Vista’s Bad Rap – Can the Facts Overcome Marketing Anymore?
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- Written on: November 7th, 2008
Ever since Windows Vista was released in February 2007 the over-hyped operating system has absorbed repeated and targeted attacks against it from just about every corner of the computing world.
The attacks have been so ferocious that no one really seemed to notice that Microsoft had delivered what it had promised – a stable, more secure replacement for Windows XP.
To this day the popularity of Apple’s Mac vs. PC commercial campaign and the resistance of stubborn IT administrators to adopt Vista are the only forces propping up Windows XP against its inevitable extinction.
While it is true that Windows Vista requires more computing power to accomplish the same tasks Windows XP could complete with less, most of that additional overhead went toward new and visually exciting trim as well as the new User Account Control feature that for the course of a year made Vista almost impenetrable to spyware infections.
As the saying goes, the pioneer takes the arrows and Vista was no different. The new operating system necessitated computers with dual core processors, more memory and faster hard drives.
Slowly other device manufacturers started to realize they too could take advantage of the sudden surge of computing power under the hood of Vista equipped machines. Over time faster printers, higher detail digital cameras, and games with dazzling graphics came into the marketplace, falling in line behind Vista’s bulldozing lead.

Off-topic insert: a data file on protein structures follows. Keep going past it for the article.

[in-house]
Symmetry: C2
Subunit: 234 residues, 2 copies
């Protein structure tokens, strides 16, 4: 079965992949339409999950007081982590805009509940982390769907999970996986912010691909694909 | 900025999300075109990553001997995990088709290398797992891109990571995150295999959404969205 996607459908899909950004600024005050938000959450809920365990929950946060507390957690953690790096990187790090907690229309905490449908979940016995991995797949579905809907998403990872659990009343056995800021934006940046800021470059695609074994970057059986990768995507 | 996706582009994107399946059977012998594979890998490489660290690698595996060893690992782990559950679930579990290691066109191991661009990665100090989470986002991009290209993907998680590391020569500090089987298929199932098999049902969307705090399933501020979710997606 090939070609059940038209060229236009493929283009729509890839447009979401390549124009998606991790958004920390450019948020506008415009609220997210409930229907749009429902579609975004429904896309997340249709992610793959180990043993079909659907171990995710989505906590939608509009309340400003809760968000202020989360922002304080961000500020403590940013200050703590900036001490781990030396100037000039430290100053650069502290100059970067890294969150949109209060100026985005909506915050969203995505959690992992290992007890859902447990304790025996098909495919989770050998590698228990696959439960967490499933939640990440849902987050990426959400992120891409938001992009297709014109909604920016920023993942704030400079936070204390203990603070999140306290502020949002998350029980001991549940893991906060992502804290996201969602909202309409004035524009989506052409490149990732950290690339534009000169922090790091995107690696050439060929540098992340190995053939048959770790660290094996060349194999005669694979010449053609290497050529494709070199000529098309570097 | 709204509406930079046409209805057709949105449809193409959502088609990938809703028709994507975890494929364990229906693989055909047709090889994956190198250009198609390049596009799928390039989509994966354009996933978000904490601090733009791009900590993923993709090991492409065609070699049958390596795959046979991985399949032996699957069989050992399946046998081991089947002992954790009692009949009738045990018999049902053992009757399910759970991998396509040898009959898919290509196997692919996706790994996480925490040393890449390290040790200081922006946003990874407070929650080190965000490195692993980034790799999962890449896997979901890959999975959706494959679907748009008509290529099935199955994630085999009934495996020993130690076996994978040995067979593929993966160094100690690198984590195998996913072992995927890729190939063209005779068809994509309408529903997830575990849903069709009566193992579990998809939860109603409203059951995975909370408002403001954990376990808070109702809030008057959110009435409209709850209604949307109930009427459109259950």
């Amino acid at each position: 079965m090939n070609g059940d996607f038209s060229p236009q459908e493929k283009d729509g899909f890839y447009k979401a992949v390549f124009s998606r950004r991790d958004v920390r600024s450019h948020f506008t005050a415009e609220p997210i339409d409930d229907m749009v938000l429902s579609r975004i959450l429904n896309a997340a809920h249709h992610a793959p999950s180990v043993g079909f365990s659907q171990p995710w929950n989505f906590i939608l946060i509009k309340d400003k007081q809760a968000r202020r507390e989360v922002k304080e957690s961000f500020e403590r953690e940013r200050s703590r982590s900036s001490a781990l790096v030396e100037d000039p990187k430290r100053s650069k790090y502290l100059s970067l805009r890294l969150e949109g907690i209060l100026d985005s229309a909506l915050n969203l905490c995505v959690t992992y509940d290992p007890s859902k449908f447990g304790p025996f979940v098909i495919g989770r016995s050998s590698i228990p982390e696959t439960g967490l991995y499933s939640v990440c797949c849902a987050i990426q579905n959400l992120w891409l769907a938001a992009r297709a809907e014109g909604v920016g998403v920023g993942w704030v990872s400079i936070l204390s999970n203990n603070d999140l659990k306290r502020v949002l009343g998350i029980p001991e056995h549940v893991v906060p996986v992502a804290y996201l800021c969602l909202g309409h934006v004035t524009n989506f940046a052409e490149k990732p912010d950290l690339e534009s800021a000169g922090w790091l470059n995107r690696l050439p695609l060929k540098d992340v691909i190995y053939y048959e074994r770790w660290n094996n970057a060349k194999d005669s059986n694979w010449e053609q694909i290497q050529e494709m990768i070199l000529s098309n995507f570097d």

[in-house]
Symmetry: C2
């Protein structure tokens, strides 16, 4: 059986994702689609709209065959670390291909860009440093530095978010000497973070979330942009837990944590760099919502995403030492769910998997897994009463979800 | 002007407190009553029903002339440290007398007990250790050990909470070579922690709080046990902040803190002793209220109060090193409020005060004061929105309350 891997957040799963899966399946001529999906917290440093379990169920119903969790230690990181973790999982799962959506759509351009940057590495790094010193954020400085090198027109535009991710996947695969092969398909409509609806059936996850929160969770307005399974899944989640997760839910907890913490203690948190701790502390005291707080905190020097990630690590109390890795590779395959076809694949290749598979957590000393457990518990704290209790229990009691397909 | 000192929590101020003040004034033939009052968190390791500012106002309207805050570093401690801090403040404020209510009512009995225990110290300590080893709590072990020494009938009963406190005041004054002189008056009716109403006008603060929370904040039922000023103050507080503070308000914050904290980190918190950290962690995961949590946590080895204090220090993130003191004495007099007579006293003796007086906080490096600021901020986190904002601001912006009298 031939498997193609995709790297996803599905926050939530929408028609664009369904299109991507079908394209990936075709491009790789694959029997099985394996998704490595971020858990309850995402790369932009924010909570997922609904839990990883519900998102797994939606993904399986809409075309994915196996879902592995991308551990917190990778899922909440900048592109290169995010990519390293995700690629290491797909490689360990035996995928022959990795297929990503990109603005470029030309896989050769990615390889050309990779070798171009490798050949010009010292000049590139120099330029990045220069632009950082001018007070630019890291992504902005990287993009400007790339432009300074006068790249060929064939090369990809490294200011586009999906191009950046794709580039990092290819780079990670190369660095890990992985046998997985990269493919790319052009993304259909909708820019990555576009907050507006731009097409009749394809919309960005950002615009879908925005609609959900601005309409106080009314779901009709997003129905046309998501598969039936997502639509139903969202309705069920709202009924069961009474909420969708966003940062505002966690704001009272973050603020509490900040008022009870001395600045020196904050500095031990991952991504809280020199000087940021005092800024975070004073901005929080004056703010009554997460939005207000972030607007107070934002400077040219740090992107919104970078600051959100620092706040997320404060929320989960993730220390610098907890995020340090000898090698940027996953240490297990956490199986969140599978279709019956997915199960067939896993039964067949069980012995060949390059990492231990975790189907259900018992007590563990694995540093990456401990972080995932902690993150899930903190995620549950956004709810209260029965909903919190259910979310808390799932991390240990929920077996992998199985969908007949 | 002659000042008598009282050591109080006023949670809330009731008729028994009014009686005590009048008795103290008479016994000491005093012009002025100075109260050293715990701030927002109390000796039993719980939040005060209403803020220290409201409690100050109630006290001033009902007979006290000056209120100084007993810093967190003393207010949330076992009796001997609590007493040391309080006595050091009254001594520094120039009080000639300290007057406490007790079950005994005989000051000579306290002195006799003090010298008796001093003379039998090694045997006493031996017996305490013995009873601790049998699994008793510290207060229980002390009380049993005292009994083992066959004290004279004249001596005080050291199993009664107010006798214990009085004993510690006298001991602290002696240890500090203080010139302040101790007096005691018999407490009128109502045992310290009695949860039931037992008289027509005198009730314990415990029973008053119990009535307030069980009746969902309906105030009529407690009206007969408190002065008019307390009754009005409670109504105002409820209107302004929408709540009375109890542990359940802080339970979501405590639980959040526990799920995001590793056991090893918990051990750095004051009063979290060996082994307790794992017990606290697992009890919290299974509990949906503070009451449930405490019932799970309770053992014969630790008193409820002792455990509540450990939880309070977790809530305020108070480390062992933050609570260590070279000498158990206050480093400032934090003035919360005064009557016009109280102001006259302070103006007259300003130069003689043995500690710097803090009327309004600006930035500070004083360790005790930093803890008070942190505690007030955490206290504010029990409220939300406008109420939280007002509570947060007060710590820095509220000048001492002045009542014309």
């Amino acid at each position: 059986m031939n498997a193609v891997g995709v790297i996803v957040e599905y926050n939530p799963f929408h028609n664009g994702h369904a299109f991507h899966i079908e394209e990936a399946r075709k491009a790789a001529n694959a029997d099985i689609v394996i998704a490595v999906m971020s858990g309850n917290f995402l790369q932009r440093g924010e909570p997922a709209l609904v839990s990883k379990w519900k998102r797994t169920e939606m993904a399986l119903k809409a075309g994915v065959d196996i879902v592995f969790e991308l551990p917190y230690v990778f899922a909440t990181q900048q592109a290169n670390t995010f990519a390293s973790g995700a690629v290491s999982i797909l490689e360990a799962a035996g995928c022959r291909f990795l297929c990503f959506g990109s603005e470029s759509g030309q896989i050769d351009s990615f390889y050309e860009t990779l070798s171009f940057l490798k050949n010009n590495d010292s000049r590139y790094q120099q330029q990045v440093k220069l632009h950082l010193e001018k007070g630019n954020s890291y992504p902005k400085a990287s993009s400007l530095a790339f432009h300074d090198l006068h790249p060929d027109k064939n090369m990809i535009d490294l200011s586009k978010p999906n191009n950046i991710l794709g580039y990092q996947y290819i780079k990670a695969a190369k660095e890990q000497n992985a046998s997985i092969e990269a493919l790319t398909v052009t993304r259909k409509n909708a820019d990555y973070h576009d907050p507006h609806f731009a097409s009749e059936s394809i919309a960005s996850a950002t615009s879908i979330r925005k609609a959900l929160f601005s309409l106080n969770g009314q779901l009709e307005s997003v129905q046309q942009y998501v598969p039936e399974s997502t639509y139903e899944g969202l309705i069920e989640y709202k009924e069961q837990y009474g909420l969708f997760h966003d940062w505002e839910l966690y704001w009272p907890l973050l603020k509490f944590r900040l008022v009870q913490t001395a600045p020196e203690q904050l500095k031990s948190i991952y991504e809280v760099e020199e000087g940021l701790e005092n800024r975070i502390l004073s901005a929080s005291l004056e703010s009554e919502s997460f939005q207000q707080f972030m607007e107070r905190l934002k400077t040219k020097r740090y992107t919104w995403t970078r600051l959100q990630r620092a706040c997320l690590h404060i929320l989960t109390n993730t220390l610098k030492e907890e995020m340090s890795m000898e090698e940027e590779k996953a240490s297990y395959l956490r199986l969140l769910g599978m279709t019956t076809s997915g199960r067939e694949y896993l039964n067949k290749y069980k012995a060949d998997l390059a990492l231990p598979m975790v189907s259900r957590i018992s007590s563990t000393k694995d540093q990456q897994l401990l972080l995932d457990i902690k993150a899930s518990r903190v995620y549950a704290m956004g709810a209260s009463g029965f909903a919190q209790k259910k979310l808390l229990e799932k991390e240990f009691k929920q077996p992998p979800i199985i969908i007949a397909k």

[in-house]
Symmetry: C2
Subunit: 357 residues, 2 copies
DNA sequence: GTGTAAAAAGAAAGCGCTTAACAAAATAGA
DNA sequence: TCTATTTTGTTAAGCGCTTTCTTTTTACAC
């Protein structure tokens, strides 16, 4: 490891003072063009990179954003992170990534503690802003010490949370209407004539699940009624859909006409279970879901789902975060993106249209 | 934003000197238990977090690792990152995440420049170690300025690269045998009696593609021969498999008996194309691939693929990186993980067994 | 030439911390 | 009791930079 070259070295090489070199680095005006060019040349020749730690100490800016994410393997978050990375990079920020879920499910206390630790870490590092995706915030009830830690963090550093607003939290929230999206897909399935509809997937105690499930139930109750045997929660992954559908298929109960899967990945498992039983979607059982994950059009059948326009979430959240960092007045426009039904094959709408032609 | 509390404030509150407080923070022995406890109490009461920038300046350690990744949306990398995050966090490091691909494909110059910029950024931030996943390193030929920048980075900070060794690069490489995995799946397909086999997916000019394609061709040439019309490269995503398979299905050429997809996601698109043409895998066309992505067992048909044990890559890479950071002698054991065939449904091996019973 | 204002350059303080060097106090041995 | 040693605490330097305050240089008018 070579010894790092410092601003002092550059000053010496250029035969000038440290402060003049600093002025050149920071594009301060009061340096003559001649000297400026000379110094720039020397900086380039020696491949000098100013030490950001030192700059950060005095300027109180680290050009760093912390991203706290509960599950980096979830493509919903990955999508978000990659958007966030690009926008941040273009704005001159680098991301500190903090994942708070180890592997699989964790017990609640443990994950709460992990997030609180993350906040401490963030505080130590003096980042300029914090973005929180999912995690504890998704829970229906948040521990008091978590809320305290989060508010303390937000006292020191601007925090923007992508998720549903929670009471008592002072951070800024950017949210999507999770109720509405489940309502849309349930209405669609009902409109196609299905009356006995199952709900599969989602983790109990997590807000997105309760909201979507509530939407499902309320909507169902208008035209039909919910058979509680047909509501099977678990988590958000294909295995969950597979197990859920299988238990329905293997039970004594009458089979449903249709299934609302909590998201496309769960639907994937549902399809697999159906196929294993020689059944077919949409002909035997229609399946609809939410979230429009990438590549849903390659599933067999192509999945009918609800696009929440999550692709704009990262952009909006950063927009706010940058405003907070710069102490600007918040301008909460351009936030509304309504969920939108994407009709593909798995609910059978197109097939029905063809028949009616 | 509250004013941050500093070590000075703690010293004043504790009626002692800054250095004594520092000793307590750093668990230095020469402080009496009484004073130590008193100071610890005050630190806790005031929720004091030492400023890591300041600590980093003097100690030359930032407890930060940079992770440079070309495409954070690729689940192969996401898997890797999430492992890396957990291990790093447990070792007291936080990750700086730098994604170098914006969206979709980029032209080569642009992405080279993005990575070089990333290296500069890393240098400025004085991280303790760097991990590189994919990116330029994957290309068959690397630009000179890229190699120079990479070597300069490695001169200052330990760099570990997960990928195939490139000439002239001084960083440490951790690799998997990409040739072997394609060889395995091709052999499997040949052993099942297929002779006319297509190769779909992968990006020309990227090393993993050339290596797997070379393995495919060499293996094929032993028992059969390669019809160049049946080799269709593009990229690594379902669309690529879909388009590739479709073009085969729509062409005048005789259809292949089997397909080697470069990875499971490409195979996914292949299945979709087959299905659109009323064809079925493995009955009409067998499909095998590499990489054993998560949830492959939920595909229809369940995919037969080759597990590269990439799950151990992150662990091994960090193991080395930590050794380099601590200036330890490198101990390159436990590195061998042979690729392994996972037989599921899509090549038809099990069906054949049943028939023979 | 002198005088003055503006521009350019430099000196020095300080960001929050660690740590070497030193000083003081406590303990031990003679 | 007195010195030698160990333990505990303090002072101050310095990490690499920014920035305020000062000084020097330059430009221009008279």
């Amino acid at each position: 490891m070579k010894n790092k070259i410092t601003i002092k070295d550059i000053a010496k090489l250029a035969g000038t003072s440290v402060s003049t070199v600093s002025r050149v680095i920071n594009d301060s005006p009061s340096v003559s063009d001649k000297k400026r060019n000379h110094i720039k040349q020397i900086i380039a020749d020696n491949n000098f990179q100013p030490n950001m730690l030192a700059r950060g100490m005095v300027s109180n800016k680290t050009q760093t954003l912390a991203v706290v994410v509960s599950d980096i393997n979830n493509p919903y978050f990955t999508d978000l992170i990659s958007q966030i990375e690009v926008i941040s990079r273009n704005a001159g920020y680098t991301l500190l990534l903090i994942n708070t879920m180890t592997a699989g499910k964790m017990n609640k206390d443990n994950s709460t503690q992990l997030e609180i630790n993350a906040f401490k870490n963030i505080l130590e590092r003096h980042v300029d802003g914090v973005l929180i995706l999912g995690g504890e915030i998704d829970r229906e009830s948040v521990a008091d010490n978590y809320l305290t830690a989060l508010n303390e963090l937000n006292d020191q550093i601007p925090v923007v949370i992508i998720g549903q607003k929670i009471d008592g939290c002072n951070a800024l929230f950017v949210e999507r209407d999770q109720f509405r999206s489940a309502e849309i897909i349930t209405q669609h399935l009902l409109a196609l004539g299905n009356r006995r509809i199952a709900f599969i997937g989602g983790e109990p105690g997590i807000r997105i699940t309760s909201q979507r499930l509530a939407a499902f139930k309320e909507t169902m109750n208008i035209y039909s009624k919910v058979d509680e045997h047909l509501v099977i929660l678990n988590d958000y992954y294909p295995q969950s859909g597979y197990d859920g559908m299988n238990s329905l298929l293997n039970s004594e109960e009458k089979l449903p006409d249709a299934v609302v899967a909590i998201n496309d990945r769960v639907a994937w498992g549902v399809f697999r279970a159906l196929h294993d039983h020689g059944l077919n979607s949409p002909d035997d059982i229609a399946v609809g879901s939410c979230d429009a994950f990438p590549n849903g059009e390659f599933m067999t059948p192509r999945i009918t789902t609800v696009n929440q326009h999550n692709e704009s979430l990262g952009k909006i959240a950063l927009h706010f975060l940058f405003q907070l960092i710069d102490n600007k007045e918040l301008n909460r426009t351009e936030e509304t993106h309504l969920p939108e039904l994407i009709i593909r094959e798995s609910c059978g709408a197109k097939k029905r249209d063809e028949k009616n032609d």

Hardware has advanced so much over the past two years that it has surpassed Windows XP’s capability to use it. Fewer and fewer new devices are XP compatible, and the IT managers who before so stubbornly clung to Windows XP have slowly started to let go seeing the opportunity that Vista presents.
Realizing the marketplace opinion of Vista is changing, Microsoft released a new commercial series nicknamed the Mojave Experiment. In these commercials clipboard carrying individuals dressed in white doctors smocks interviewed regular people about Windows Vista. They all responded that Vista was a terrible operating system, and offered a variety of rehashed second hand opinions they hard heard from friends or the media.
The interviewers then asked these same people to test out the newest Windows Operating System, “Windows Mojave.” In reality Mojave was Windows Vista, but the people in the focus group did not know it. After allowing each of the people to lay thick praise on “Mojave” for its visual beauty, smooth function, and stability the interviewers revealed that the operating system was in fact, Vista.
Many of them were quite surprised. The commercials served to illustrate that while many people have opinions about Vista, few of those opinions are based on real information. The commercials revealed that when you stripped away the amazingly effective disinformation campaign, Vista was indeed superior to Windows XP.
While Windows XP still has its place with portable computer users who appreciate its lightweight hardware requirements, consumers buying a standard tower desktop system should insist on Windows Vista.
Despite what you might have heard elsewhere, Windows Vista is solid as a rock and is actually patched less frequently for security issues than Apple’s OS X Leopard or even Windows XP itself.
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